Enterprises create domain-specific knowledge bases (KBs) by curating and integrating their business data from multiple sources. To support a variety of query types over domain-specific KBs, we propose Hermes, an ontology-based system that allows storing KB data in multiple backends, and querying them with different query languages. In this paper, we address two important challenges in realizing such a system: data placement and schema optimization. First, we identify the best data store for any query type and determine the subset of the KB that needs to be stored in this data store, while minimizing data replication. Second, we optimize how we organize the data for best query performance. To choose the best data stores, we partition the data described by the domain ontology into multiple overlapping subsets based on the operations performed in a given query workload, and place these subsets in appropriate data stores according to their capabilities. Then, we optimize the schema on each data store to enable efficient querying. In particular, we focus on the property graph schema optimization, which has been largely ignored in the literature. We propose two algorithms to generate an optimized schema from the domain ontology. We demonstrate the effectiveness of our data placement and schema optimization algorithms with two real-world KBs from the medical and financial domains. The results show that the proposed data placement algorithm generates near-optimal data placement plans with minimal data replication overhead, and the schema optimization algorithms produce high-quality schemas, achieving up to two orders of magnitude speed-up compared to alternative schema designs.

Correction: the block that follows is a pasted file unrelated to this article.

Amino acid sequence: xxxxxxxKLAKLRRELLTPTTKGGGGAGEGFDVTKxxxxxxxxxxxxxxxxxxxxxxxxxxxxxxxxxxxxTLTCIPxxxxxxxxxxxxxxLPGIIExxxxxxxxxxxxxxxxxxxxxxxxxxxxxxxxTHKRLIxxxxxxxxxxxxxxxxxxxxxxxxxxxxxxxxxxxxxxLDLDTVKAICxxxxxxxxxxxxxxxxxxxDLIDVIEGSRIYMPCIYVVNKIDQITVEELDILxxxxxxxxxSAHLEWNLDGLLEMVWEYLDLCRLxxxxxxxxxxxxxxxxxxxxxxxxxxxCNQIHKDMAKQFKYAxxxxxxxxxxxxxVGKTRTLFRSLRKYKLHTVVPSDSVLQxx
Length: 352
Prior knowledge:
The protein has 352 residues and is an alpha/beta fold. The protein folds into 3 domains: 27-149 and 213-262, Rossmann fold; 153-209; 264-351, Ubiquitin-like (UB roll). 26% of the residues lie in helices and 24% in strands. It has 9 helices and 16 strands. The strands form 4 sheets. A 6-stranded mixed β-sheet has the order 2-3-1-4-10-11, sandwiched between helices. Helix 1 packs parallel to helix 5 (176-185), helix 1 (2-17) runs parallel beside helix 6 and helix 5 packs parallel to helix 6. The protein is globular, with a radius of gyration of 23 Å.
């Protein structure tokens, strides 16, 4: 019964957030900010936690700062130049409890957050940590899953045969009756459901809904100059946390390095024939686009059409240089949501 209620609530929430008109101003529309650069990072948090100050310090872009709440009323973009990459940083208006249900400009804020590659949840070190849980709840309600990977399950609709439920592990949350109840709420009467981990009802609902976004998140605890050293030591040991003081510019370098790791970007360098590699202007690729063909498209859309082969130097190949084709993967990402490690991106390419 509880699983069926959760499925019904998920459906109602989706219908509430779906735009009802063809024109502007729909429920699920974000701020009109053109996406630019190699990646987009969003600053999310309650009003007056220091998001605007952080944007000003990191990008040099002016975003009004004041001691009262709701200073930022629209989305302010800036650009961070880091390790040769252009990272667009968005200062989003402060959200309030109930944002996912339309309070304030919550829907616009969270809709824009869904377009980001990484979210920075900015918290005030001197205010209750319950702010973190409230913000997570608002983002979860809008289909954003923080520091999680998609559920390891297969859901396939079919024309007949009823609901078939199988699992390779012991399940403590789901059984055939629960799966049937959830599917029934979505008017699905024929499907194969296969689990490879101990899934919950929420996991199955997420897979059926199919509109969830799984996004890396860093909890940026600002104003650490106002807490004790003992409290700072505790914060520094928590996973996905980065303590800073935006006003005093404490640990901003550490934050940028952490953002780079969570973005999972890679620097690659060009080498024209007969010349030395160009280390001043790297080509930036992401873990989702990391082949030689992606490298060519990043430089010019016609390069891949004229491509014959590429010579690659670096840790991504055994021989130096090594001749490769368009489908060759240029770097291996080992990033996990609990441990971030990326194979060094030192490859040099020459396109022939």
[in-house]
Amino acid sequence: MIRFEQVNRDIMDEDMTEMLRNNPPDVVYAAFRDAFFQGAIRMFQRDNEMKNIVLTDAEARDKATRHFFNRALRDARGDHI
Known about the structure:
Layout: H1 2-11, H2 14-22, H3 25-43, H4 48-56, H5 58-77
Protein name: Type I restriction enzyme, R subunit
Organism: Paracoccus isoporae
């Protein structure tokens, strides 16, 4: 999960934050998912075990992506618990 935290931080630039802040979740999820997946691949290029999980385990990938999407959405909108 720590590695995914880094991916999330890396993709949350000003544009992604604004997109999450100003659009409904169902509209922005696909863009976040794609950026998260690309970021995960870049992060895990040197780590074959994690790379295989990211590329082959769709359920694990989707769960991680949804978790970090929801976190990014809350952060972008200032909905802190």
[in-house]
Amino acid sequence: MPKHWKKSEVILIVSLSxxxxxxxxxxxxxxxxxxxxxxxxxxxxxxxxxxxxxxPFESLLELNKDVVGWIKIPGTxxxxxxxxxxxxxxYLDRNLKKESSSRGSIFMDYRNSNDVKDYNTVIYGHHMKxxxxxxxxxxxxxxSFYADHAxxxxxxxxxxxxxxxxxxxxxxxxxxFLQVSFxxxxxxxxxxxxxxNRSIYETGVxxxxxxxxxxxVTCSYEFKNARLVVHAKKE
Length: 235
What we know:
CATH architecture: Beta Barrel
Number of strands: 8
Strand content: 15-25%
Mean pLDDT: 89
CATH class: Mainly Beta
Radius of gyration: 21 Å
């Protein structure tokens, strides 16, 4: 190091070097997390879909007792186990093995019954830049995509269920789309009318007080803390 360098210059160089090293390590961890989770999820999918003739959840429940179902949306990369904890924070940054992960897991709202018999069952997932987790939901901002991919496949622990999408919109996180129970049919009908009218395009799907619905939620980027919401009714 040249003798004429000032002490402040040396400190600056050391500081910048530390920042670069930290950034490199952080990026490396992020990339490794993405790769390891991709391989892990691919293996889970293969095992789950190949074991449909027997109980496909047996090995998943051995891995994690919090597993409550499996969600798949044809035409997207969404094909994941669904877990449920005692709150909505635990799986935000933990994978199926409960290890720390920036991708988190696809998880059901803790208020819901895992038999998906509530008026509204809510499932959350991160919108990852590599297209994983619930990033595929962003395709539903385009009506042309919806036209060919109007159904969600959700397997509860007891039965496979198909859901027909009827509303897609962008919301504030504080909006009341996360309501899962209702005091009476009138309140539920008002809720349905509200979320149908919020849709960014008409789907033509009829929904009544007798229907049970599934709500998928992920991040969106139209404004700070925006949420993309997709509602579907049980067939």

We introduce the R everse S patial Top-k K eyword (RSK) query, which is defined as: given a query term q, an integer k and a neighborhood size find all the neighborhoods of that size where q is in the top-k most frequent terms among the social posts in those neighborhoods . An obvious approach would be to partition the dataset with a uniform grid structure of a given cell size and identify the cells where this term is in the top-k most frequent keywords. However, this answer would be incomplete since it only checks for neighborhoods that are perfectly aligned with the grid. Furthermore, for every neighborhood (square) that is an answer, we can define infinitely more result neighborhoods by minimally shifting the square without including more posts in it. To address that, we need to identify contiguous regions where any point in the region can be the center of a neighborhood that satisfies the query. We propose an algorithm to efficiently answer an RSK query using an index structure consisting of a uniform grid augmented by materialized lists of term frequencies. We apply various optimizations that drastically improve query latency against baseline approaches. We also provide a theoretical model to choose the optimal cell size for the index to minimize query latency. We further examine a restricted version of the problem (RSKR) that limits the scope of the answer and propose efficient approximate algorithms. Finally, we examine how parallelism can improve performance by balancing the workload using a smart load slicing technique. Extensive experimental performance evaluation of the proposed methods using real Twitter datasets and crime report datasets, shows the efficiency of our optimizations and the accuracy of the proposed theoretical model.